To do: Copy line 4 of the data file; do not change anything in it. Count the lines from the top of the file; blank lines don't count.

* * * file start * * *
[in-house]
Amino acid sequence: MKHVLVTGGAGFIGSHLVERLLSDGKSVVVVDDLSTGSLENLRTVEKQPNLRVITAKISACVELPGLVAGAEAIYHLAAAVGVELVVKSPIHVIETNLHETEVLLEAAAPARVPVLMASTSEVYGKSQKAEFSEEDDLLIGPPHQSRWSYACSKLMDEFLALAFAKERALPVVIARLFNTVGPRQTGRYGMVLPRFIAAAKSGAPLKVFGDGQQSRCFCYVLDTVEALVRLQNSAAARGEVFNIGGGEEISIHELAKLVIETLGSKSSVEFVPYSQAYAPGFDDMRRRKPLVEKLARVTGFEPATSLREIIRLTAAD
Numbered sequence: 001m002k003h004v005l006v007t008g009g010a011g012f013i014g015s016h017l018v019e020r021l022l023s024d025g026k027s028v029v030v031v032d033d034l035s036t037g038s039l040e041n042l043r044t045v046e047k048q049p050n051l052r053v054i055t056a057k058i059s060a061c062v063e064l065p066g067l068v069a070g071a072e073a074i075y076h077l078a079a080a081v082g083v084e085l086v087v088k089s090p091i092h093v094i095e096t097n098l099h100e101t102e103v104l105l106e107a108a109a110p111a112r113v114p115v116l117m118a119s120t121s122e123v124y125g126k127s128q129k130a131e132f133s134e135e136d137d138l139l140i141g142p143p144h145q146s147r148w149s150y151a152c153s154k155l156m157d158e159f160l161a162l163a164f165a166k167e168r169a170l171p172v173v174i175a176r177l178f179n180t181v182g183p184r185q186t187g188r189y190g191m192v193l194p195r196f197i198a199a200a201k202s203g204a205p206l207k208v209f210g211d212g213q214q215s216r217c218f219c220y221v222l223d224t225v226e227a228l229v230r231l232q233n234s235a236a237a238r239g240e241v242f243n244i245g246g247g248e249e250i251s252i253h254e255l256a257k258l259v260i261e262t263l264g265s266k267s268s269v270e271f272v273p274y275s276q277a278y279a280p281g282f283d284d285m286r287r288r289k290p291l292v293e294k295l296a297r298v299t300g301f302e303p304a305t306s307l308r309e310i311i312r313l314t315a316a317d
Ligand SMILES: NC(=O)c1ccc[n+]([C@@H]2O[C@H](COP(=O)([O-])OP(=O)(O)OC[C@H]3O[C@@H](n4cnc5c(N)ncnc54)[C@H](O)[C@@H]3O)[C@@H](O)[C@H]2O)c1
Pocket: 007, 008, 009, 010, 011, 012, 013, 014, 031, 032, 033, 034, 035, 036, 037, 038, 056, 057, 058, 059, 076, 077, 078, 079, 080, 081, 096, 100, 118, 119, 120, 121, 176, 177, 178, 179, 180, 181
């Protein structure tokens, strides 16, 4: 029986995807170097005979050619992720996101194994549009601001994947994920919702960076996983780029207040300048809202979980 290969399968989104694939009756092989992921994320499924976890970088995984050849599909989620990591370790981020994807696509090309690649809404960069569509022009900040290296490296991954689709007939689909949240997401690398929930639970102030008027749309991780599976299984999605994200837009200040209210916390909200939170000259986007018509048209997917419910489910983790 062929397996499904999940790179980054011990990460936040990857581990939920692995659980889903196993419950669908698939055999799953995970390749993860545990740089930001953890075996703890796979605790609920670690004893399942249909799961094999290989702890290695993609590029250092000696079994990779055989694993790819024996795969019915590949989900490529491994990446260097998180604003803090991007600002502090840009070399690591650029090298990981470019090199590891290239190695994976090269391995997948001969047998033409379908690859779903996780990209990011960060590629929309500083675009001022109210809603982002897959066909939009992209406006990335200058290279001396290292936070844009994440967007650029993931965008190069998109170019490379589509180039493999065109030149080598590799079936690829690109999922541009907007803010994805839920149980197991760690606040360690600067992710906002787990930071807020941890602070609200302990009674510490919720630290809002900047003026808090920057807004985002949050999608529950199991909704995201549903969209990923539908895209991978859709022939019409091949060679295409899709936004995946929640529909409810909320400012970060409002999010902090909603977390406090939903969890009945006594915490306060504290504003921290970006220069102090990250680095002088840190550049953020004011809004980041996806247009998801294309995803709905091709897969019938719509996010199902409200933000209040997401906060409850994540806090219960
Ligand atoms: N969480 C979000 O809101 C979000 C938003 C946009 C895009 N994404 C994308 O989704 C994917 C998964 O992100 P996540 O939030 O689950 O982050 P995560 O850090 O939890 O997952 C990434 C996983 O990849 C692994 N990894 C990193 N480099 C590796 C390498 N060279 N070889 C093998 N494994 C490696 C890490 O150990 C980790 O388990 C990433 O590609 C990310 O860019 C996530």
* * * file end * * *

Ligand SMILES: NC(=O)c1ccc[n+]([C@@H]2O[C@H](COP(=O)([O-])OP(=O)(O)OC[C@H]3O[C@@H](n4cnc5c(N)ncnc54)[C@H](O)[C@@H]3O)[C@@H](O)[C@H]2O)c1